Whether her patients plan to mountain bike in Utah, beachcomb in Hawaii or sightsee in New York City, Santa Monica dermatologist Kathleen Adair offers the same advice as when they're not traveling: Use sunscreen and cover up.
But that's just the beginning. Travelers hoping to avoid painful sunburn and lower their risk of skin cancer must tailor preventive measures to their destinations. They must factor in altitude, latitude and the specific environment, boosting sun protection measures as needed, Adair and other experts say.
It may soon be easier for international travelers to assess sunburn risks around the world, as a standardized ultraviolet exposure index is phased in over the next year.
But whatever the destination, travelers are wise to increase the sun protection factor (SPF) of their sunscreen, said Adair, a USC assistant clinical professor of dermatology. "For the average person on an average day, 15 [SPF] is probably enough," she said. "But for travelers I recommend using at least a 30." Adair reasons that travelers, especially those on vacation, get involved in outdoor activities, stay out in the sun longer than they would at home and forget to reapply sunscreen often enough.
SPFs indicate a sunscreen's effectiveness in preventing redness. For instance, if unprotected skin is the type that turns red in 30 minutes, using an SPF 15 sunscreen would theoretically protect it 15 times longer than 30 minutes. But many experts recommend reapplying sunscreen every two hours.
Sports formulas, promoted as waterproof and sweat proof, are considered a good choice for travelers, because they stay on better. For younger travelers, children's formulas are designed to sting less and may be less irritating to the skin. (Sunscreen is not generally recommended for infants under 6 months.)
While growing numbers of products claim to block ultraviolet A radiation and ultraviolet B radiation, "the perfect sunscreen doesn't exist," Adair said. These broad-spectrum formulas have become more common as research suggests that UVB rays, long blamed for causing skin cancer, and UVA rays, long blamed for wrinkling, might both be culprits in promoting skin cancers. UVA and UVB radiation may, in fact, work together in promoting skin cancer, said Stephen Ullrich, who conducts research in the field and is an associate professor of immunology at the University of Texas-M.D. Anderson Medical Center, Houston.
Some sunscreens bear the recommendation seal of the Skin Cancer Foundation, an international nonprofit group based in New York. To earn the seal, manufacturers must submit products to the foundation for testing. Continued approval requires annual review.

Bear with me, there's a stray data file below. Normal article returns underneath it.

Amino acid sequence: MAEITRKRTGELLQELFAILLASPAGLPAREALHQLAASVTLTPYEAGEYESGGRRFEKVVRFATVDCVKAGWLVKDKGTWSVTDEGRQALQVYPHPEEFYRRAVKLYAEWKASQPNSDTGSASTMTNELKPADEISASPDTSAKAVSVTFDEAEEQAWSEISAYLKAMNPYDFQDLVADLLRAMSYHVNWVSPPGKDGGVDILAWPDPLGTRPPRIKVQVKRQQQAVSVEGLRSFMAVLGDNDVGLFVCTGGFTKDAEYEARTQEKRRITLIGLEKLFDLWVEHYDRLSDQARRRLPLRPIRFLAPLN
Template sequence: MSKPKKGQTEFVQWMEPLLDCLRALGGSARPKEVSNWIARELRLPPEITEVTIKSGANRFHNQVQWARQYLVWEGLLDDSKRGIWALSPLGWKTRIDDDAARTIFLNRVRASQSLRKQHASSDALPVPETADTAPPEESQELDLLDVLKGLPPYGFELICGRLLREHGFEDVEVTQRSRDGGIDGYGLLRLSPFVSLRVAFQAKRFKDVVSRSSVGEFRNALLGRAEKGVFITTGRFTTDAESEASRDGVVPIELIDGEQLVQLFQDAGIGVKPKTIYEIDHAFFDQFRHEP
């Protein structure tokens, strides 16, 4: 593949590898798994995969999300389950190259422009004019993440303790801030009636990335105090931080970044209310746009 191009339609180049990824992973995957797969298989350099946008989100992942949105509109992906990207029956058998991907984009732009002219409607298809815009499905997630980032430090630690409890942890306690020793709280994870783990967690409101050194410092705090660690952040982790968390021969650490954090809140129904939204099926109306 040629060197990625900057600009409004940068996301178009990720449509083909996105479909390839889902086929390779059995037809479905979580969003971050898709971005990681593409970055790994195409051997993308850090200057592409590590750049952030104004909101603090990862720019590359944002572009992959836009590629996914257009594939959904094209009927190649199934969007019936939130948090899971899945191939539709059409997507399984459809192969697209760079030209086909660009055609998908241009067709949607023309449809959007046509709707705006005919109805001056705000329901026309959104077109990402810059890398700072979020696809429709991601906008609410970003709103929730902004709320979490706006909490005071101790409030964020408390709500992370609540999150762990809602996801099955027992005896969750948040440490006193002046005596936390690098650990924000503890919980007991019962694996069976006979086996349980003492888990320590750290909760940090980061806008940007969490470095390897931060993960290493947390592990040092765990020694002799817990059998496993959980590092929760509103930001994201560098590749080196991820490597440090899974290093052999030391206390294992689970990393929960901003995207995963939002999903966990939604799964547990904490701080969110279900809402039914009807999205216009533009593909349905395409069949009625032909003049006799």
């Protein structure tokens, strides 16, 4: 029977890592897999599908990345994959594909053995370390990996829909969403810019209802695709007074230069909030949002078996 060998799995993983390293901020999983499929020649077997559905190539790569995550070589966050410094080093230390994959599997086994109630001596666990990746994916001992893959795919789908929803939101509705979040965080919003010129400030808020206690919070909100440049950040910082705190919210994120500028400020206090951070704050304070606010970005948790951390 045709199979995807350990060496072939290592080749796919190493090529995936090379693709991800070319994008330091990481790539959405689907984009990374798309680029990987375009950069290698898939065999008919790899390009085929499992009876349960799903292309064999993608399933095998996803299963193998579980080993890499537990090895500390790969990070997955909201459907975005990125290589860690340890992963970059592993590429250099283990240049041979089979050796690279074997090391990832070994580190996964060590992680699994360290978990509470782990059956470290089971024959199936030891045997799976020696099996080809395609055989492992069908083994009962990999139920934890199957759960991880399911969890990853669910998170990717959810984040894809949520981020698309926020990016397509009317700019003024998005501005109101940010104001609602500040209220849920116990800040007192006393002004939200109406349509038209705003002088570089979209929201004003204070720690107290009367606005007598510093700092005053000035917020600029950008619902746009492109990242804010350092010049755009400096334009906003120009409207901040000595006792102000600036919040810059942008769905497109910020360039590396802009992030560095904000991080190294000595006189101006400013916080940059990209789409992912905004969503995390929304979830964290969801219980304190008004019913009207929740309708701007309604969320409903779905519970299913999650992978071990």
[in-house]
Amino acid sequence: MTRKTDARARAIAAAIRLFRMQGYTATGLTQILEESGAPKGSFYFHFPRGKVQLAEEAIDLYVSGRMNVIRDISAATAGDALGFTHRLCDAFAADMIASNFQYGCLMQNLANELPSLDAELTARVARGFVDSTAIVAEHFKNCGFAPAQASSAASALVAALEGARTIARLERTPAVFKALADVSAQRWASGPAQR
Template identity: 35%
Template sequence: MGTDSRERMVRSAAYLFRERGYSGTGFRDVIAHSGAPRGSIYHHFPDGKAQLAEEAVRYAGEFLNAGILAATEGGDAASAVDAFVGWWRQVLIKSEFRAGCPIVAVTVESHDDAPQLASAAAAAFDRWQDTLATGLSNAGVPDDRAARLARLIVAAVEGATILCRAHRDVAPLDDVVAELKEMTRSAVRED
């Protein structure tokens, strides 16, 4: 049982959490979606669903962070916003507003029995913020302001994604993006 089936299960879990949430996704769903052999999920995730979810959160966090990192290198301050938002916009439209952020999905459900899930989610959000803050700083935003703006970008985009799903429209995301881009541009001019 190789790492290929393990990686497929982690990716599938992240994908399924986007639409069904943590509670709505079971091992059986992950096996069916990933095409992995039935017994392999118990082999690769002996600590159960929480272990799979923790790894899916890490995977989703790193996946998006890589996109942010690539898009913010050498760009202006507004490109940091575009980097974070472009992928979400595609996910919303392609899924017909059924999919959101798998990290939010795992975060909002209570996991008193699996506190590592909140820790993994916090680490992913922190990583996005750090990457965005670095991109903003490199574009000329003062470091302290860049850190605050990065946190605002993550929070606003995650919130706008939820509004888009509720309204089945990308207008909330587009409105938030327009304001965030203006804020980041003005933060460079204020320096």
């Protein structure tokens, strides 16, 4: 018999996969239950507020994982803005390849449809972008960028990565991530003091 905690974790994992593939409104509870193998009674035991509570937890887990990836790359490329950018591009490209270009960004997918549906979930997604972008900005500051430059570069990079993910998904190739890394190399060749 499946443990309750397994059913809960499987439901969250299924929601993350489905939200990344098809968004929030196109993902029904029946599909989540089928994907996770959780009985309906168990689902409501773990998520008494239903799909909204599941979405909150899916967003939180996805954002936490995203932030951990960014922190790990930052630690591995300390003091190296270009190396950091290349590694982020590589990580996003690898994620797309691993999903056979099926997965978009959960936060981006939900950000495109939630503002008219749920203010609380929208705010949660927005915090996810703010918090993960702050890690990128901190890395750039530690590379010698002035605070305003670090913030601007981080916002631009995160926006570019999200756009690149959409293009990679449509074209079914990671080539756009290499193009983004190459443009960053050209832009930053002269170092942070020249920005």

Sunglasses are also recommended, because some studies indicate a relationship between ultraviolet exposure and cataract formation. "You can also cause damage to your retina in harsh sun," Ullrich said.
Travelers vacationing at high altitudes or southern latitudes (including areas near the Equator) should be especially careful to cover up. "Ultraviolet levels increase 2% for every 1,000-foot increase in altitude," said Drusilla Hufford, acting director of the stratospheric protection division of the U.S. Environmental Protection Agency. Ultraviolet exposure increases with altitude, she said, "because there is less atmosphere to attenuate the radiation."
Travelers hoping to avoid sunburn should be extra vigilant when anywhere in southern latitudes, Ullrich said. If engaging in underwater activities, don't assume exposures are reduced. "People who go snorkeling in places like Hawaii should know that UV penetrates down [several feet] into the water," Ullrich said.
Calculating sunburn risk is becoming easier. The UV index, introduced by the National Weather Service and EPA in 1994 and now used in major U.S. cities, measures daily levels of exposure to UV radiation, Hufford said--reported as levels from 0 to 10-plus. Using the UV index and factoring in type of skin, a person can gauge how quickly they could burn. A sensitive-skinned person, for instance, could burn in fewer than five minutes on a level-10 day.
Currently, at least eight countries have a UV index, said Rumen Bojkov of the World Meteorological Organization, a Geneva-based agency of the United Nations. (They are: the United States, Finland, Denmark, Netherlands, Germany, Canada, Greece and Cuba.) However, the indexes do not all measure sunburn risk identically. "The World Meteorological Organization is trying to introduce a uniform UV index," Bojkov said. "It will take another year" before it's implemented. The U.S. index conforms to international standards.
If sunburn occurs despite preventive measures, "there's not a lot you can do," Adair said. Taking aspirin or acetaminophen may help, "but studies show it works better if you take it before. And who plans on getting a sunburn?"
Cold compresses soaked in vinegar and water may also relieve pain, she added. Travelers with severe sunburn should seek medical help. Drinking fluids is also advised, because sunburn promotes dehydration.
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